Scientists have estimated that there are more than 8 million species of plants and animals in existence. Amazingly, only about 1.2 million of them have been identified and described so far and most of those are actually insects. Millions of other organisms have yet to be discovered.
One would imagine that most of these unknown species are tiny things that are hard to spot or encounter. But our ignorance of species even applies to trees, which are pretty easy to spot if you encounter them.
A new study involving more than 100 scientists across the globe has produced an estimate of the number of tree species on the Earth. The new global estimate is that there are 73,000 tree species, which is about 14% more than previously thought. Based on a combination of data from two global datasets, the study yielded a total of 64,100 documented tree species worldwide. The researchers then used novel statistical methods to estimate the total number of unique tree species at biome, continental, and global scales, which includes species yet to be discovered and described by scientists. Therefore, the estimate predicts that there are likely to be over 9,000 tree species still to be found.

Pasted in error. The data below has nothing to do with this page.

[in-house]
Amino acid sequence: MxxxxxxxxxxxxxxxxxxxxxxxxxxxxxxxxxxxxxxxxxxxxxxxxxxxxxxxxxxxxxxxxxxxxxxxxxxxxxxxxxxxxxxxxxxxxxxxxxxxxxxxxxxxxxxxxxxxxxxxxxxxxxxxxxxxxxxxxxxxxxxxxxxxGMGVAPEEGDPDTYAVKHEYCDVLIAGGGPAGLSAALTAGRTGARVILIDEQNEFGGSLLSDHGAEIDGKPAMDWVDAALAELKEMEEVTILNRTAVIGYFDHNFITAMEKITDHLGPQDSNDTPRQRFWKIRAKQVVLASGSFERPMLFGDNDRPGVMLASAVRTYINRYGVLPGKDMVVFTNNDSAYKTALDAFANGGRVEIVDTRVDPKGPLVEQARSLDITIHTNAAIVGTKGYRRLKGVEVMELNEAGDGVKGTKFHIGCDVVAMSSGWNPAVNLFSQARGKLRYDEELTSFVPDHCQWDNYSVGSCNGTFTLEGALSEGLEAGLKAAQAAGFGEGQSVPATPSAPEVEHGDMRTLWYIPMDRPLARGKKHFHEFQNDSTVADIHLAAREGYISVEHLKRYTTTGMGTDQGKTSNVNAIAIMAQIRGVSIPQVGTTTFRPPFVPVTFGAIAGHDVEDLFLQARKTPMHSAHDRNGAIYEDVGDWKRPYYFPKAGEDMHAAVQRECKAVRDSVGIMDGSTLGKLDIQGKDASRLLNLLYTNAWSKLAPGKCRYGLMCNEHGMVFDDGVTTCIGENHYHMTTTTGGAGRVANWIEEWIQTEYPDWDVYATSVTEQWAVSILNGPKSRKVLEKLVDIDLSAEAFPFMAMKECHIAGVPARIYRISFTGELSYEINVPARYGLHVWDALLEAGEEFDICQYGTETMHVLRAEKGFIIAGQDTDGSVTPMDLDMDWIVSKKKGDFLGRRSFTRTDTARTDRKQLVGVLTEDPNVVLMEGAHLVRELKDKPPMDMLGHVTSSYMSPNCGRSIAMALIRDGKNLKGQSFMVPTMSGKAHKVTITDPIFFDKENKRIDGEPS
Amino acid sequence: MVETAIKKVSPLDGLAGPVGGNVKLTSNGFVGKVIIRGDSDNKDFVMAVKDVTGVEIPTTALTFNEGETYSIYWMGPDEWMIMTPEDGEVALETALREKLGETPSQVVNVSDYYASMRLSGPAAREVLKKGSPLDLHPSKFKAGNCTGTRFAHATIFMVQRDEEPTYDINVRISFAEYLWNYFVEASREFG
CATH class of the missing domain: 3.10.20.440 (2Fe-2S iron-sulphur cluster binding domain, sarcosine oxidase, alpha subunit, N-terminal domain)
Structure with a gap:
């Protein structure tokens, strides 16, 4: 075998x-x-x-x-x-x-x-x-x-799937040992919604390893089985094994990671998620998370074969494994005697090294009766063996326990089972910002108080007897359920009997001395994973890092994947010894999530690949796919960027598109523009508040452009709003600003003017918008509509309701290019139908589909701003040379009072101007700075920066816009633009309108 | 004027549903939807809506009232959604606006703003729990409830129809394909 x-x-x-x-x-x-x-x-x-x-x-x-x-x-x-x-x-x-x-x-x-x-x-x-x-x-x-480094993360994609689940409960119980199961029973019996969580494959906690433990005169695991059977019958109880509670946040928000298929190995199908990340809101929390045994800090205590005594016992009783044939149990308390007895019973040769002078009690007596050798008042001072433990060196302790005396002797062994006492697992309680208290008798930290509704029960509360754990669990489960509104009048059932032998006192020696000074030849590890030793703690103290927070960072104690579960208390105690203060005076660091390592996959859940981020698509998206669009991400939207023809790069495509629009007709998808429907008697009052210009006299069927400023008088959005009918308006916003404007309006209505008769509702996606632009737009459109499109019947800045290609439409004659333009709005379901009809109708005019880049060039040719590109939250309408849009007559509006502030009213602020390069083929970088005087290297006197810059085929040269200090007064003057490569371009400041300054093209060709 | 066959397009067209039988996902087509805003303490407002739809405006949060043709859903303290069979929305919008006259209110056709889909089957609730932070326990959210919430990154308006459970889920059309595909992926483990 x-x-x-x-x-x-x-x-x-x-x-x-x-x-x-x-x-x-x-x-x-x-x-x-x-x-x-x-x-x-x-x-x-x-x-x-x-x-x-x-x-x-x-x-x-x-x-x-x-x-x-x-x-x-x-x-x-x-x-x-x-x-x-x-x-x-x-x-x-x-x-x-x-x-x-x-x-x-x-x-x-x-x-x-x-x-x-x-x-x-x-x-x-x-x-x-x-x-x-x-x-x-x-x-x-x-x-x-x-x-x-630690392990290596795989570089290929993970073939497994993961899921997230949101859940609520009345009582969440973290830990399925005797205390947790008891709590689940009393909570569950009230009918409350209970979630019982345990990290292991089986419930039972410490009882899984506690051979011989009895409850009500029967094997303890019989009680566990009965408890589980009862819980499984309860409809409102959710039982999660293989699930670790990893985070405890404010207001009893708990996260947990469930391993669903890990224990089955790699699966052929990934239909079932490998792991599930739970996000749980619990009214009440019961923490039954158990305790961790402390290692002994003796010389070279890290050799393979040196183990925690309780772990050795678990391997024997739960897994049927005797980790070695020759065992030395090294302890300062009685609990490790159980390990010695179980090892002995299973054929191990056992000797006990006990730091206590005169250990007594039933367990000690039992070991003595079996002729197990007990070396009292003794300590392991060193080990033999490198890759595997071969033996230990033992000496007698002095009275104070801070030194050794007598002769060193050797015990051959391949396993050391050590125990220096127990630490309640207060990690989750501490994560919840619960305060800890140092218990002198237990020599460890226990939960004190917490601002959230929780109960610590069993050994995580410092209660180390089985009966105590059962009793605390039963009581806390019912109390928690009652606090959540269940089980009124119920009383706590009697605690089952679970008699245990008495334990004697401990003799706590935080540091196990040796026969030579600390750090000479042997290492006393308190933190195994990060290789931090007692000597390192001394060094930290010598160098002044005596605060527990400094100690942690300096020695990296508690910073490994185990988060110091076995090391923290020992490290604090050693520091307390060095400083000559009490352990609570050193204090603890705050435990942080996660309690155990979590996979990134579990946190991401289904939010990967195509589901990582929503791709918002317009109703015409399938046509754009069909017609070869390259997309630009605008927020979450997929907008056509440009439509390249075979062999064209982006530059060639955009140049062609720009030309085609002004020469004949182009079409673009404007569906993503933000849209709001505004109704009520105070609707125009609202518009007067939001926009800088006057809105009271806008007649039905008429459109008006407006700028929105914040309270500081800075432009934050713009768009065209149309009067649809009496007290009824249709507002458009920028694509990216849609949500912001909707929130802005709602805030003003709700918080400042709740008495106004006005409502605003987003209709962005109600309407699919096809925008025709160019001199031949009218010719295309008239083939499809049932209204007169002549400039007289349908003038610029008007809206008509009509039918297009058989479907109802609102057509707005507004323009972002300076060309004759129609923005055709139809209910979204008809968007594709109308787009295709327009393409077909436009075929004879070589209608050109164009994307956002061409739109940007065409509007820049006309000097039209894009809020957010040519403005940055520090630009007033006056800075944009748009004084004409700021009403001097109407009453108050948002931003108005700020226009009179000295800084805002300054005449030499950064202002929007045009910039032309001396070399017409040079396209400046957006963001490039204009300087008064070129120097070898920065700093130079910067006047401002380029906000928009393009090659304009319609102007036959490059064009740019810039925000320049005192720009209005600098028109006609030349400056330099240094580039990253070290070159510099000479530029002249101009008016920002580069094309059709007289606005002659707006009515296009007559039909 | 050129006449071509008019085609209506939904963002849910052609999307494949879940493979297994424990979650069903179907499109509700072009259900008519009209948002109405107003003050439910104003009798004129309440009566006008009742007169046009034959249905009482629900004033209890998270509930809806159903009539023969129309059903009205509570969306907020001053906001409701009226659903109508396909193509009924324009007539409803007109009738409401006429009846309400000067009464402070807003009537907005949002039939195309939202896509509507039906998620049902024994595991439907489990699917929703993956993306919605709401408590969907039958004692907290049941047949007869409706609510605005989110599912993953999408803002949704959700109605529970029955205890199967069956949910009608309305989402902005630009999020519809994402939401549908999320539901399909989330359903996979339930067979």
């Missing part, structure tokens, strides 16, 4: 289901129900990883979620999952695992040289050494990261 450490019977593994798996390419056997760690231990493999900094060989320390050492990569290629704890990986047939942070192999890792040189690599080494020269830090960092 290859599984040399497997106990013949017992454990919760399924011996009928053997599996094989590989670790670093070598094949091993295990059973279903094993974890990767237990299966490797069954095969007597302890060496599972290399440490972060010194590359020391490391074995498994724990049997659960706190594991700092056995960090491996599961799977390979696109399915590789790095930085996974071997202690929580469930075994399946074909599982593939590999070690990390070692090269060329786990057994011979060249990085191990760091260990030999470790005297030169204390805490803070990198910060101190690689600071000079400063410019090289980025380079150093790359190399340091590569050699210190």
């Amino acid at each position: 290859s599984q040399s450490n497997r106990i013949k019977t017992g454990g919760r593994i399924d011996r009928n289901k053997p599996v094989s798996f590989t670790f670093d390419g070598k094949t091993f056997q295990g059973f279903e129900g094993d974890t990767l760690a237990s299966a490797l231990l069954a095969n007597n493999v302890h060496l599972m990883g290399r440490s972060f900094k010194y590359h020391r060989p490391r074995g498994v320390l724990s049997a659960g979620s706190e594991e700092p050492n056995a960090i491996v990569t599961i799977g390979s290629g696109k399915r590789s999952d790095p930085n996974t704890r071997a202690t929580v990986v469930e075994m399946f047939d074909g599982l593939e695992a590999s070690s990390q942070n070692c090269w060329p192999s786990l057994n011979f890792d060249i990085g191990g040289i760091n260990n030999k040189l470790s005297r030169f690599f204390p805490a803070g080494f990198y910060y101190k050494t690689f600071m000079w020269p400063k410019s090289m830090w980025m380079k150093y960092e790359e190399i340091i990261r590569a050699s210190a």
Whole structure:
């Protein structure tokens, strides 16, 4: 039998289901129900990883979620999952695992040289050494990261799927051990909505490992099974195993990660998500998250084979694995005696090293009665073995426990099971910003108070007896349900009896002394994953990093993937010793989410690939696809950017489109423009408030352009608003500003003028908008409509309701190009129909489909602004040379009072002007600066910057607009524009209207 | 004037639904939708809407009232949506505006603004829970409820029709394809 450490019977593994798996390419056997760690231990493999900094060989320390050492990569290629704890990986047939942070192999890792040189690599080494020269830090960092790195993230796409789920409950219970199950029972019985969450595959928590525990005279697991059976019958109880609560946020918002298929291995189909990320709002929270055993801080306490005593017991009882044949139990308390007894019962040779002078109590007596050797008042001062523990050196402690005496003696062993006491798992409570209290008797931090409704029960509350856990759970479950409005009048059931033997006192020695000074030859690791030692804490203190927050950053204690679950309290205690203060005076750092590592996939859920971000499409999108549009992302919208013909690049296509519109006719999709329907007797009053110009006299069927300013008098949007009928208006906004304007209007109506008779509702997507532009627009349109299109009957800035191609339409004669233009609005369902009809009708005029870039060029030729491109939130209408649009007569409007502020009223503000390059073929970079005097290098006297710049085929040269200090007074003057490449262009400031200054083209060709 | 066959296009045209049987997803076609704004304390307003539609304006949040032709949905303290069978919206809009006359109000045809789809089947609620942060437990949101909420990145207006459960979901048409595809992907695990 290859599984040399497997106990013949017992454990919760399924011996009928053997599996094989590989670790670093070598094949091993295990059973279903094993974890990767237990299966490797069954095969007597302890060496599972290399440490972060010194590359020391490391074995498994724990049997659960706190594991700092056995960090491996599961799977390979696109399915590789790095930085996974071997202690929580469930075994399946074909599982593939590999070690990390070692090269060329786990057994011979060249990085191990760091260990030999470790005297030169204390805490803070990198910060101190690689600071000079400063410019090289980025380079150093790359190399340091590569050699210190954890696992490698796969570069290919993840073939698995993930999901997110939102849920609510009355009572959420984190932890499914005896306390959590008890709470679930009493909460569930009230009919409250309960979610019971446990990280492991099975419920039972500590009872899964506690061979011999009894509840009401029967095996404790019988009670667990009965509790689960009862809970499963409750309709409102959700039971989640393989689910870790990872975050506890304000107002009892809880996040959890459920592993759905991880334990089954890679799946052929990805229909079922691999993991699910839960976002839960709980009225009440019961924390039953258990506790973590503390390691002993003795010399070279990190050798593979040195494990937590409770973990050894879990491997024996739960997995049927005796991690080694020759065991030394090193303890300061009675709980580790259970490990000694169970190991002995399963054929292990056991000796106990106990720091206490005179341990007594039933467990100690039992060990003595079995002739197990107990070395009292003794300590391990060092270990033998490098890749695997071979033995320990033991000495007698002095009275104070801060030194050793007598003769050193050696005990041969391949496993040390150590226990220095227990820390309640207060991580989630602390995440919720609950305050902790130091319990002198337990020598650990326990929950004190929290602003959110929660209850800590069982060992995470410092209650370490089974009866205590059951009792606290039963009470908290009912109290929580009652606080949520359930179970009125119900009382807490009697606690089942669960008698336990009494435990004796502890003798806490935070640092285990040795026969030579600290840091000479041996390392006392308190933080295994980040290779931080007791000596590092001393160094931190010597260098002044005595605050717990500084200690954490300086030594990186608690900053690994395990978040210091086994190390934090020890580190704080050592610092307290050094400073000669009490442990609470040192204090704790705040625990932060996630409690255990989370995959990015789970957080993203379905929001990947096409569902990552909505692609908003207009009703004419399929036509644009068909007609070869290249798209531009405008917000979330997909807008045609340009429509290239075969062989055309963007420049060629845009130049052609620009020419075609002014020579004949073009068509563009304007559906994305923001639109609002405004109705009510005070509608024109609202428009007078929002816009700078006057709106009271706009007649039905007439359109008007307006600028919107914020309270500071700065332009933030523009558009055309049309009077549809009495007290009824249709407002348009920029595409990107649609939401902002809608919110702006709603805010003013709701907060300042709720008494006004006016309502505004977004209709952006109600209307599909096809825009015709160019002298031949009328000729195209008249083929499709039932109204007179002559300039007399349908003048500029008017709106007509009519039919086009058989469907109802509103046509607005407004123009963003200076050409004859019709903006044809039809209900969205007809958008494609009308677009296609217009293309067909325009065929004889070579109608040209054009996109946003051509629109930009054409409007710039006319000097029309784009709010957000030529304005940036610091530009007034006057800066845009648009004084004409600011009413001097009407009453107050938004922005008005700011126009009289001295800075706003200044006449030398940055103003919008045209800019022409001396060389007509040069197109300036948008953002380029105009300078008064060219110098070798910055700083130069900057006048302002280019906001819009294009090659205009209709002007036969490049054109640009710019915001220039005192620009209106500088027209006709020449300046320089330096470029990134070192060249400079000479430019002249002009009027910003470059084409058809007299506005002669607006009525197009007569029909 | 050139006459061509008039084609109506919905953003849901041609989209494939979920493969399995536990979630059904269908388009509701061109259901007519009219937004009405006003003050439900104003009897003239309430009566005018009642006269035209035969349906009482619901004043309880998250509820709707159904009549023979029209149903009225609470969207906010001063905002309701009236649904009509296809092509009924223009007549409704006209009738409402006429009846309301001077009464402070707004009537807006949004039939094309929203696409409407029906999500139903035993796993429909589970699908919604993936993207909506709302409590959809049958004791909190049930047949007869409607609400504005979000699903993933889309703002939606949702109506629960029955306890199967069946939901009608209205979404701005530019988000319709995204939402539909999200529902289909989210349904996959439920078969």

Roughly 40% of the undiscovered tree species are likely to be in South America, which is the continent with the highest number of rare tree species and the highest number of continentally endemic tree species – meaning those found only on that continent. Hot spots of undiscovered tree species are likely the tropical and subtropical moist forests of the Amazon basin and the Andes-Amazon interface.
Extensive knowledge of tree richness and diversity is key to preserving the stability and functioning of ecosystems.
Photo, posted November 5, 2017, courtesy of Deensel via Flickr.